Praise God for the abundant rains this summer that have produced beautiful corn and soybean fields, bountiful gardens, and lawns that are still green in mid-August! Although the temperatures have been hot, moisture has remained high and we have yet to see the gaping cracks in our clay soils.
Along with the prolific growth of crops, however, comes the even greater growth of weeds. Farmers, gardeners and other growers are struggling this summer to stay on top of the excessive advancement of unwanted plants in unwanted places.
This summer’s growing conditions remind me of my first summer job at Woodlawn Poultry Farm. The proprietors were well ahead of the modern curve and employed organic weed control way back in the seventies. I was it.
I remember spending up to 12 hours some days under the hot August sun pulling weeds from the large truck garden and three acre strawberry fields. Today, some might consider that child abuse but my parents and employers called it character building. At a dollar an hour, it was also building my savings account for that new 10-speed.
In order to do this job properly, however, it takes some training. There are many different weed species, some of which look strikingly similar to desirable crops. In addition, some foliage changes appearance during various growth stages so it requires knowledge of this as well.
Thankfully, I had received extensive training in this field (pun intended) in my parents’ garden. I learned to loathe lambs quarters, crabgrass, and purslane while sparing young tomatoes, peas, and beets. Some weeds, like dandelions, were particularly obnoxious as they broke off with their roots remaining in the ground which insured my job security for the coming weeks.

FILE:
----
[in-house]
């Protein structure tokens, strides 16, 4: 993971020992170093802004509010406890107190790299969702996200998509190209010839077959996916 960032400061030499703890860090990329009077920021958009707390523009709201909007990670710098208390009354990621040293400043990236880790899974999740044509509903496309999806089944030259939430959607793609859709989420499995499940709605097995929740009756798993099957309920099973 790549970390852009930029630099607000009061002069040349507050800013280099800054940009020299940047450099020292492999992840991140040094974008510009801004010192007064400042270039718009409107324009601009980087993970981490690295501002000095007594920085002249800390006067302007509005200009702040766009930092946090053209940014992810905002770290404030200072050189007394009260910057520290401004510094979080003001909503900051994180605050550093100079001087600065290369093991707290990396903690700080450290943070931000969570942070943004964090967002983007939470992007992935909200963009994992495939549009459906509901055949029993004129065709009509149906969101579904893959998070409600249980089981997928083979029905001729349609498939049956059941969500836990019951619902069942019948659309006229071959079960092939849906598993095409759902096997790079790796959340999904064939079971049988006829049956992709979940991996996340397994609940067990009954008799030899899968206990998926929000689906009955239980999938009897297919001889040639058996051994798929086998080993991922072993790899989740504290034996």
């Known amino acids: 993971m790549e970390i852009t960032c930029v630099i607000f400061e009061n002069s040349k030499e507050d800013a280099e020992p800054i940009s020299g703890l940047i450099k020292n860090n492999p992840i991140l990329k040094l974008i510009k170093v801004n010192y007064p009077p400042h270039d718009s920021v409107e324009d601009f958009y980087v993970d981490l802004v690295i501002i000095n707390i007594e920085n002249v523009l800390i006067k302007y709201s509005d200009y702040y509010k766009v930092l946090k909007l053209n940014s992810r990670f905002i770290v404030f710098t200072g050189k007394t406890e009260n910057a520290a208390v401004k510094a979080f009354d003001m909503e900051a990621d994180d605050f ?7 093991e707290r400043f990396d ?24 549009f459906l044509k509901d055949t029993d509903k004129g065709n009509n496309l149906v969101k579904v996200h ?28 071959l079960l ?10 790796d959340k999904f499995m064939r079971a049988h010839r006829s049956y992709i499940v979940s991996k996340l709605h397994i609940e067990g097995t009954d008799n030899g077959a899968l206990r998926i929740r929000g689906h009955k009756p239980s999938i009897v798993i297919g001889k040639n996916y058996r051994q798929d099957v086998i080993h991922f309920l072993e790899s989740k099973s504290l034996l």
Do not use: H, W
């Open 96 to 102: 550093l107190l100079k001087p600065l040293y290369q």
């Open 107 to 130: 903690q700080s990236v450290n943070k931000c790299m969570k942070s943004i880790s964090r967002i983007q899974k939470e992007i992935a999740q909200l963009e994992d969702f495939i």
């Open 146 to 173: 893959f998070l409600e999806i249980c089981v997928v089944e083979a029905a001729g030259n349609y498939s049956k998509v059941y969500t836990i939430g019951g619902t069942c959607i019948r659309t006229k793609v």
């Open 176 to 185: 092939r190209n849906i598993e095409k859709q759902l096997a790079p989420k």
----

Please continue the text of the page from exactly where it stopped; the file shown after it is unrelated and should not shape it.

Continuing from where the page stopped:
I did a lot of thinking during all that field time. Some days my imagination created stories to pass the hours. Many times, however, as I struggled with pigweeds taller than I was, I thought about how much of this could have been prevented through the judicious use of weed killers.
While care must be taken in the mixing and use of chemicals, a small amount of properly applied herbicide can greatly reduce the amount of physical labor required. I remember Doc Mowery referring to this as “weedeater in a jug.”
These rambling remembrances, however, can serve as important reminders in our spiritual gardens. When times are good and life is easy, weeds often grow as well. Temptations that we might not have been able to afford during drier seasons of life begin to take root and shoot upward.
Consumerism, excessive recreation, media indulgence, laziness, and more begin to steal water, sunlight, and nutrients from desirable plants such as prayer, corporate worship, Christian service, and Bible study. Too often we fail to identify many of these as weeds until they develop such strong roots that they become very difficult to remove. Spiritual weed identification and control is vitally important.
Just as is often the case with our vegetables, our relationship with Jesus also needs cultivation. Daily time in a garden or flowerbed eliminates the need for marathon pulling sessions, and regular quiet times with Jesus can help us locate and remove spiritual pigweeds